A couple of months back I posted an article that I found in the February 22, 1863 Halifax Morning Sun which lead off with the words "Extraordinary Discovery!" and was all about some "small oblong pieces of wrought silver" which had "supposed Chinese inscriptions" on them. Without actually seeing the items and going by rough sketches the writer had determined them to be "Masonic Jewels". The article also said that "not having the originals under our eye, this can only be speculation". (see bottom of post for article).
Its interesting that certain individuals who are usually very critical of any speculative information involving Oak Island, took this particular speculative information to be further evidence to back up their own agendas.
I have now come across a follow-up article written approximately 6 weeks after the first one. This was not available to me previously and must have been scanned recently.
This time, an employee of the Union Bank of Halifax actually showed the writer a "piece of silver" which was similar to the first one and was also picked up "where the diggers are at work" on Oak Island. The writer(s) showed the piece of silver to a Chinese sailor who was in Halifax at the time and the sailor told them that it was a "piece of money" as was originally suspected in the original February 22nd article.
Here is the follow-up article from April 6, 1863:
Halifax Morning Sun(Monday April 6, 1863)
"Mr. Skinner, of the Union Bank, has shewn us a piece of silver similar to that received some time ago from Oak Island, and noticed in this journal. Mr. S. informs us that it was picked up where the diggers are at work. Happening to fall in with a Chinese sailer while the piece was in our possession, we learnt from him it was a piece of money of more than the value of a dollar of British coin. This is the fifth or sixth piece of the same kind reported to have been picked up at Oak Island".
The reputation of Union Bank of Halifax's employees is discussed on a page regarding it's history on the Royal Bank of Canada (RBC) website. It says that "The Union's staff carried the reputation of providing good service and maintaining the highest degree of integrity". See webpage here: http://www.rbc.com/history/quicktofrontier/union_bank_hfx.html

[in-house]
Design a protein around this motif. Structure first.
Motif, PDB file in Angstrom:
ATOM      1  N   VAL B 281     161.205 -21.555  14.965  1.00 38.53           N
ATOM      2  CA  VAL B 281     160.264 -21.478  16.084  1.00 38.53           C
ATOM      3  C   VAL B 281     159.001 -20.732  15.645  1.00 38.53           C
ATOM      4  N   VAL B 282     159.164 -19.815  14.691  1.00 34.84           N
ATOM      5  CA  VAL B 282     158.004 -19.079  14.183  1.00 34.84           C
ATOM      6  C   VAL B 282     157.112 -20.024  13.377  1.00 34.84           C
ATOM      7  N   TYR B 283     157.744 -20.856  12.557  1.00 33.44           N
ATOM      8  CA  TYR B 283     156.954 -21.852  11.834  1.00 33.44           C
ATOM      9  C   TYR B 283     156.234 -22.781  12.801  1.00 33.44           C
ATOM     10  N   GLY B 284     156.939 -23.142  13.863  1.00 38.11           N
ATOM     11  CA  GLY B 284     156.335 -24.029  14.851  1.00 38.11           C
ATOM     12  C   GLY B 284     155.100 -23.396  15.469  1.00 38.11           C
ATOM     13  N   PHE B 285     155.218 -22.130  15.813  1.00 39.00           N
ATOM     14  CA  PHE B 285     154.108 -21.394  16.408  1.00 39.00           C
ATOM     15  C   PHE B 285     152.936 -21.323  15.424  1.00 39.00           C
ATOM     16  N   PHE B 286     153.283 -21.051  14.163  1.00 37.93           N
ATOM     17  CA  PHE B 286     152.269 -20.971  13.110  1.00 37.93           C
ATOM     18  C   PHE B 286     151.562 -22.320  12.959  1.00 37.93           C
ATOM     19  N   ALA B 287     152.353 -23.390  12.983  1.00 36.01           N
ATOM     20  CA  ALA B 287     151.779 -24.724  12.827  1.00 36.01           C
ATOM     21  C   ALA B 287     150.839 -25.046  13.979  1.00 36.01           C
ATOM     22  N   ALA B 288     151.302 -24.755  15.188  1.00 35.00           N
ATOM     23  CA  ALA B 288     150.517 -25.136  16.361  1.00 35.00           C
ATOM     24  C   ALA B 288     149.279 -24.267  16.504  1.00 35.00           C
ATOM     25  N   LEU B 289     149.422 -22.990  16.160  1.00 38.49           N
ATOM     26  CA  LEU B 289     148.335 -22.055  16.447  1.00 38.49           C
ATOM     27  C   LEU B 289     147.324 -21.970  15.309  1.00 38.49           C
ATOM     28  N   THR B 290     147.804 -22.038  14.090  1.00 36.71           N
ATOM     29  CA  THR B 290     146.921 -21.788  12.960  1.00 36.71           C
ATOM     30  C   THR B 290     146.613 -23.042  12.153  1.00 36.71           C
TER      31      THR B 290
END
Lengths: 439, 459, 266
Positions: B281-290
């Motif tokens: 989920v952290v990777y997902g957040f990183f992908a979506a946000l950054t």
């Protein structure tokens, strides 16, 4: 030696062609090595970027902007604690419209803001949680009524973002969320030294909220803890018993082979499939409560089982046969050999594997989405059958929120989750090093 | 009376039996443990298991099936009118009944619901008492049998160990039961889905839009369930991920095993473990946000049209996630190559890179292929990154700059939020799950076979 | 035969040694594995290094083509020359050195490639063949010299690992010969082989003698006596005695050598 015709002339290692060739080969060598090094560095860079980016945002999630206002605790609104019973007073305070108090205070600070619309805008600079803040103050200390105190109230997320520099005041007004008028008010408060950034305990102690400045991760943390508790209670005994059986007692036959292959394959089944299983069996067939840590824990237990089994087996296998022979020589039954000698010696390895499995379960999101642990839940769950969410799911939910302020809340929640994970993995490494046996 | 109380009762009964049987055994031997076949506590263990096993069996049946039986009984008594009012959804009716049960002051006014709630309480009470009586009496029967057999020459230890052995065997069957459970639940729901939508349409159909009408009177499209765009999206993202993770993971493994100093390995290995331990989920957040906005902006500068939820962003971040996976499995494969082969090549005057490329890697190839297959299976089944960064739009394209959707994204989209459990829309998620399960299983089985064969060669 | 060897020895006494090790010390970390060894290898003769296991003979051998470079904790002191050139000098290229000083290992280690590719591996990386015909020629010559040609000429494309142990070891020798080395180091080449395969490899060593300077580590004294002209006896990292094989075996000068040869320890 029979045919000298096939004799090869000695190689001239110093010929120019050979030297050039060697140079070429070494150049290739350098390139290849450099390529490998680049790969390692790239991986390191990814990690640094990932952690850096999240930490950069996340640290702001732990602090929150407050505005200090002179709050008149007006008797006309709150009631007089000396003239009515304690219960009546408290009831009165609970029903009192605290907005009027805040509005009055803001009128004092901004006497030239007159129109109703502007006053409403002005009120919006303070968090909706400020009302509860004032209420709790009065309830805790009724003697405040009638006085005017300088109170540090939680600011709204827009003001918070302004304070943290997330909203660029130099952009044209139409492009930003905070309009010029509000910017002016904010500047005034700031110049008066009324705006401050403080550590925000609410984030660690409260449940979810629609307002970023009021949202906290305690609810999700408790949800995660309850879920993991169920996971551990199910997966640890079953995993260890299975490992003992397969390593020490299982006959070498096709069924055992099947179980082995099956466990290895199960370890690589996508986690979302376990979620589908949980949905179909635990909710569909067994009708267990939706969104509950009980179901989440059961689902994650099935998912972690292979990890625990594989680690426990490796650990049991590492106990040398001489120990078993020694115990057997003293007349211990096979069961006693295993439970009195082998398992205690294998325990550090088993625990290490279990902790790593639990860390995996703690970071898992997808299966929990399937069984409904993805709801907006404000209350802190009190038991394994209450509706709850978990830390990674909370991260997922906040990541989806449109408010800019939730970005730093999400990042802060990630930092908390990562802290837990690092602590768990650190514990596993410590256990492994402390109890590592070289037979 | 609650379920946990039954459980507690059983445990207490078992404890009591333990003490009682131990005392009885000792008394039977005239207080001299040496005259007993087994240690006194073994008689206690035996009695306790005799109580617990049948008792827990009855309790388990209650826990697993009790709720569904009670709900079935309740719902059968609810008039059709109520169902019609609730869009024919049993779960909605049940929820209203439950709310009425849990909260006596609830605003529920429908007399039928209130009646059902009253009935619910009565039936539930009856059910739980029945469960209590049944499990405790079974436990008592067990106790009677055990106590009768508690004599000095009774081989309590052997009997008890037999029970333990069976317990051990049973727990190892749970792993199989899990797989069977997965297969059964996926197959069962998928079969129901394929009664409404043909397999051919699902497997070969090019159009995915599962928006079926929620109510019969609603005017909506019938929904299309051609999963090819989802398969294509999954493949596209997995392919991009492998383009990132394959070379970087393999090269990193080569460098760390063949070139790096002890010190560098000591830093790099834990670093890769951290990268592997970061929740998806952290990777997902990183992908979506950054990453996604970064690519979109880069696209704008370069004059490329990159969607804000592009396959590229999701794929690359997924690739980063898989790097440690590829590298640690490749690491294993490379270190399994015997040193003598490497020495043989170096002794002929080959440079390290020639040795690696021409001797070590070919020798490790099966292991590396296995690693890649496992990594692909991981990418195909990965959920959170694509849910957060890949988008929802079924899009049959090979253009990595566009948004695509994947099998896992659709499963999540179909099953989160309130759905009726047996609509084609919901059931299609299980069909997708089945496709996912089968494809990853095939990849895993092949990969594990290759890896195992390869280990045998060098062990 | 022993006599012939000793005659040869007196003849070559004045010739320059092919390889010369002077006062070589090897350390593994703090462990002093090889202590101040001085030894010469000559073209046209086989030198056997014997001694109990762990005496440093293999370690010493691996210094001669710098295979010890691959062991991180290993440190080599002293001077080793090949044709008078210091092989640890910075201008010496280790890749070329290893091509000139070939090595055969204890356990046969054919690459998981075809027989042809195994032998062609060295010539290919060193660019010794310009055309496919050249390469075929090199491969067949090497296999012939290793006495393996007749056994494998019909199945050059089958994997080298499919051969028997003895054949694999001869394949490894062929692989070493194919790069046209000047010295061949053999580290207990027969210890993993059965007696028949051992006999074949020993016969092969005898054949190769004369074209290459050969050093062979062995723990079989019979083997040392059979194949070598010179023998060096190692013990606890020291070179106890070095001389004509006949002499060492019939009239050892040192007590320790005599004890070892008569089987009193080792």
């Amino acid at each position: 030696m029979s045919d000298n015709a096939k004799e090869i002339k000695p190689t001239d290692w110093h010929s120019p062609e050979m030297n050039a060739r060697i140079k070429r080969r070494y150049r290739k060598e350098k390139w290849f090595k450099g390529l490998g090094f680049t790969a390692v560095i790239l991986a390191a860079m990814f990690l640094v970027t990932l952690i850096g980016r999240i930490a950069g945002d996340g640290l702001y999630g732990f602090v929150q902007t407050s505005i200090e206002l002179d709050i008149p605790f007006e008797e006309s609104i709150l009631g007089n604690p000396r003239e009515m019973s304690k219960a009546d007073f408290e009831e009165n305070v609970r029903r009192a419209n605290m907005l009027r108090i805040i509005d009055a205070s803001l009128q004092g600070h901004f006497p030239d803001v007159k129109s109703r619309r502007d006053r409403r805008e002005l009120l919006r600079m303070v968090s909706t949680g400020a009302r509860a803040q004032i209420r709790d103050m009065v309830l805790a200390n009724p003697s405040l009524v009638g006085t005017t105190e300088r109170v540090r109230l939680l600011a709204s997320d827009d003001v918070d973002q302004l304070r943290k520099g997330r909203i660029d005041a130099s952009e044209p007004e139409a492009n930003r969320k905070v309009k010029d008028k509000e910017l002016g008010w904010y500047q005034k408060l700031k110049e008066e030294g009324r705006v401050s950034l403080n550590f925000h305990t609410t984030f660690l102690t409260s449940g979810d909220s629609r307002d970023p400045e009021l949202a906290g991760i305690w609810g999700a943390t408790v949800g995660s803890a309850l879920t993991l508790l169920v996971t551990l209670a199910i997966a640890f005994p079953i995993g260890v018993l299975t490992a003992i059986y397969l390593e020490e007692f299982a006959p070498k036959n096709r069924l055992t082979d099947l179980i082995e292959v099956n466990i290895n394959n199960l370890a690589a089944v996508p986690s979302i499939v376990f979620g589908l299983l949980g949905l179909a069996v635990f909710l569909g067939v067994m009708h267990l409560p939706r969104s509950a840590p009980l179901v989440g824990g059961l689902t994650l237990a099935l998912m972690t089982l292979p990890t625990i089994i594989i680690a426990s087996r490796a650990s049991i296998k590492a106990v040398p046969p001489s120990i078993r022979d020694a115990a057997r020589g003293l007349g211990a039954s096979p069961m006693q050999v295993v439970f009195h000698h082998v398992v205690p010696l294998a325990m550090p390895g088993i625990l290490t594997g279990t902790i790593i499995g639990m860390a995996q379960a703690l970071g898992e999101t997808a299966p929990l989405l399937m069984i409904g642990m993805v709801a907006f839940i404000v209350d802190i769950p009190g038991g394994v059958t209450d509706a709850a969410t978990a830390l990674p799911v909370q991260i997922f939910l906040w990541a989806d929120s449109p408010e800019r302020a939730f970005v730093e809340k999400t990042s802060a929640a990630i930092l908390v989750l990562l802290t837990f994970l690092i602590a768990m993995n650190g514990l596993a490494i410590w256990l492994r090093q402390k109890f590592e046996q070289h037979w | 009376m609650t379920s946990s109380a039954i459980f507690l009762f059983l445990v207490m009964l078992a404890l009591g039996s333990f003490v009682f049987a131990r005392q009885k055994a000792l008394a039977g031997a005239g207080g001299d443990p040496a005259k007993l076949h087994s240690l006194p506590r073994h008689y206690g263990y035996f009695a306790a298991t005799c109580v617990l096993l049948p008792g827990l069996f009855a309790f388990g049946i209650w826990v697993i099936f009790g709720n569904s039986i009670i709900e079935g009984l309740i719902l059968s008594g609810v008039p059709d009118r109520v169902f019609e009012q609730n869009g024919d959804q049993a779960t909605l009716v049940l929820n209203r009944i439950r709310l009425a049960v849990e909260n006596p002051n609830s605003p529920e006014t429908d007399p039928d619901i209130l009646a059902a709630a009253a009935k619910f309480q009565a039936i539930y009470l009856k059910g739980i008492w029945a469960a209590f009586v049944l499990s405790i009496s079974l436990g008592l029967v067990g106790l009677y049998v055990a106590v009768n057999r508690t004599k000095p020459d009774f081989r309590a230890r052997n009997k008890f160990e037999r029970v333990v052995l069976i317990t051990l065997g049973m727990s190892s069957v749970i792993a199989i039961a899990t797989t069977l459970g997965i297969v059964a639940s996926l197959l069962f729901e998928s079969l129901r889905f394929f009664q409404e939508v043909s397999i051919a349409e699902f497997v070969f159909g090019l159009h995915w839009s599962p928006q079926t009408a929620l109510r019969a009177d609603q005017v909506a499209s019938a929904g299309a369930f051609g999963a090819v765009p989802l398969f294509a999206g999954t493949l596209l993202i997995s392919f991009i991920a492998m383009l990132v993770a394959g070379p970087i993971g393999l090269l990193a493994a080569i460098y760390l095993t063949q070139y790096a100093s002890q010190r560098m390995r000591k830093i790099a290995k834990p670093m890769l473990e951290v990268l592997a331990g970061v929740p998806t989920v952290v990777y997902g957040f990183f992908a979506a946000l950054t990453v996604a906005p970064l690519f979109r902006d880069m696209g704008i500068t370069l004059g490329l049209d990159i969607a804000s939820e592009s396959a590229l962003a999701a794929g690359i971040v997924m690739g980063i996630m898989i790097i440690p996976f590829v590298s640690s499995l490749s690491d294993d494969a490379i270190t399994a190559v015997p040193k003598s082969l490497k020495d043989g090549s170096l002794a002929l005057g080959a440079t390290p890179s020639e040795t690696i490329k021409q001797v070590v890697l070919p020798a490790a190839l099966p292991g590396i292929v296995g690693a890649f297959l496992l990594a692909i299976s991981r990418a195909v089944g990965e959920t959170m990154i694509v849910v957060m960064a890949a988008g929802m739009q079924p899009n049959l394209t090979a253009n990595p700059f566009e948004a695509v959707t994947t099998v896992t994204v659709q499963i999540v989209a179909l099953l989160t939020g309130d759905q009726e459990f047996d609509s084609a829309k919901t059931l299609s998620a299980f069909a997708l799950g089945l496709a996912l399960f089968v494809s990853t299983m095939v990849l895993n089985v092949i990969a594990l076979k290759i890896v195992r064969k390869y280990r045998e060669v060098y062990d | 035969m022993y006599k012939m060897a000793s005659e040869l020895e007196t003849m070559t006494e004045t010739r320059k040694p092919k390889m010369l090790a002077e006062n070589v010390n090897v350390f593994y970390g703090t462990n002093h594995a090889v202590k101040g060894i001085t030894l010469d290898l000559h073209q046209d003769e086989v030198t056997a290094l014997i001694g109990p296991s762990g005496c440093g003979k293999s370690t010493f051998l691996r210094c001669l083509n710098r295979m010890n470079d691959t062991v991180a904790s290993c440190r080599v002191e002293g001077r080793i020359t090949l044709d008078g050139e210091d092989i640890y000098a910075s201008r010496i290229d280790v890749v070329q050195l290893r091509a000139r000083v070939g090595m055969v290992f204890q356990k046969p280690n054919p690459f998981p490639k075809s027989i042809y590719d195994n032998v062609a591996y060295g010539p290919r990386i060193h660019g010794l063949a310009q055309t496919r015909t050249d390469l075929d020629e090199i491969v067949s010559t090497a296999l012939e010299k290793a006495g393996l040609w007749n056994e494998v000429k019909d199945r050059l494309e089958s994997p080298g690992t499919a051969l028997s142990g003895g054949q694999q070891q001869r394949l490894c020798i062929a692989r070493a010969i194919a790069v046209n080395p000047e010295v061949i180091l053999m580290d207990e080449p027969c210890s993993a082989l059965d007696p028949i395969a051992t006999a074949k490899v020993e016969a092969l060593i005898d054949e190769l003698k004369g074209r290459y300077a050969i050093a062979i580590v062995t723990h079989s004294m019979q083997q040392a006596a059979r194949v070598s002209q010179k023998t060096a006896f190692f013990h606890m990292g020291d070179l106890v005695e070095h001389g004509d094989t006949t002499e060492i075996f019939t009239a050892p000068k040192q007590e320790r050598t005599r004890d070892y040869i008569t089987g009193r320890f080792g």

I personally find this article to be much more credible than the first as it involves a trusted bank employee showing the writer an actual coin which was found on Oak Island and a man who can actually read Chinese, verifying that it is indeed Chinese money. The most frustrating aspect is that no indication of date is given. Judging by the fact the Chinese sailor is familiar with the coin and even gives a rough value for it, it would seem to be relatively contemporary with the time of discovery. I'm guessing that it's doubtful that they would have been minted prior to 1795? Any 18th or 19th century Chinese currency experts on the forum?
Once again, there are a number of possible scenarios as to how the money may have found its way to Oak Island. We don't unfortunately know if it actually came up and out of one of the pits or was simply found on the surface? It may have been planted or it may not have? I'm pretty sure that I've never seen mention of any Chinese workers known to have worked on Oak Island through the early years.
I followed up on this information by contacting the Corporate Archives of the Royal Bank of Canada. From the website above, I knew that the Union Bank of Halifax had been purchased by the Royal Bank in 1910. Unfortunately, the reply that I received did not offer any new information as they have very few records from that time. Here is the reply that I received below:
Your question has been forwarded to the RBC Corporate Archive. What an interesting quest! I wish that we could help you with it. Unfortunately, few records from the Union Bank of Halifax have survived. The merger occurred in 1910, and the archive was founded in 1977. That bank did not have an employee newsletter (that we know of) so the story of Mr. Skinner and the piece of silver did not survive. I also could not confirm Mr. Skinner's employment with the Union Bank of Halifax.
I am sorry that we could not be of more assistance. Best wishes with your search,
Royal Bank History
Here is a copy of the original article from February 22, 1863, which I had originally posted under the thread "Extraordinary Discovery!"
Halifax Morning Sun (Monday, Feb. 22, 1863)
"EXTRAORDINARY DISCOVERY ! - Some one of that indefatigable company of excavators, engaged in search of the hidden treasure supposed to have been buried by the Pirate Kidd somewhere on Oak Island, near Chester, chanced to turn up two or three small oblong pieces of wrought silver, which, from the indentation of the edges, and the impressions upon the surface, were deemed to be antique coins of remote date. But, if from the representations of them, roughly sketched on paper, for which we are indebted to a friend, our conclusion is, that the supposed coin are neither more nor less than Masonic Jewels - small, and perhaps not very artistically wrought, but Jewels, withal. Of course, not having the originals under our eye, this can only be speculation. The supposed Chinese "inscription," we shrewdly suspect, could be easily deciphered by a "speculative mason."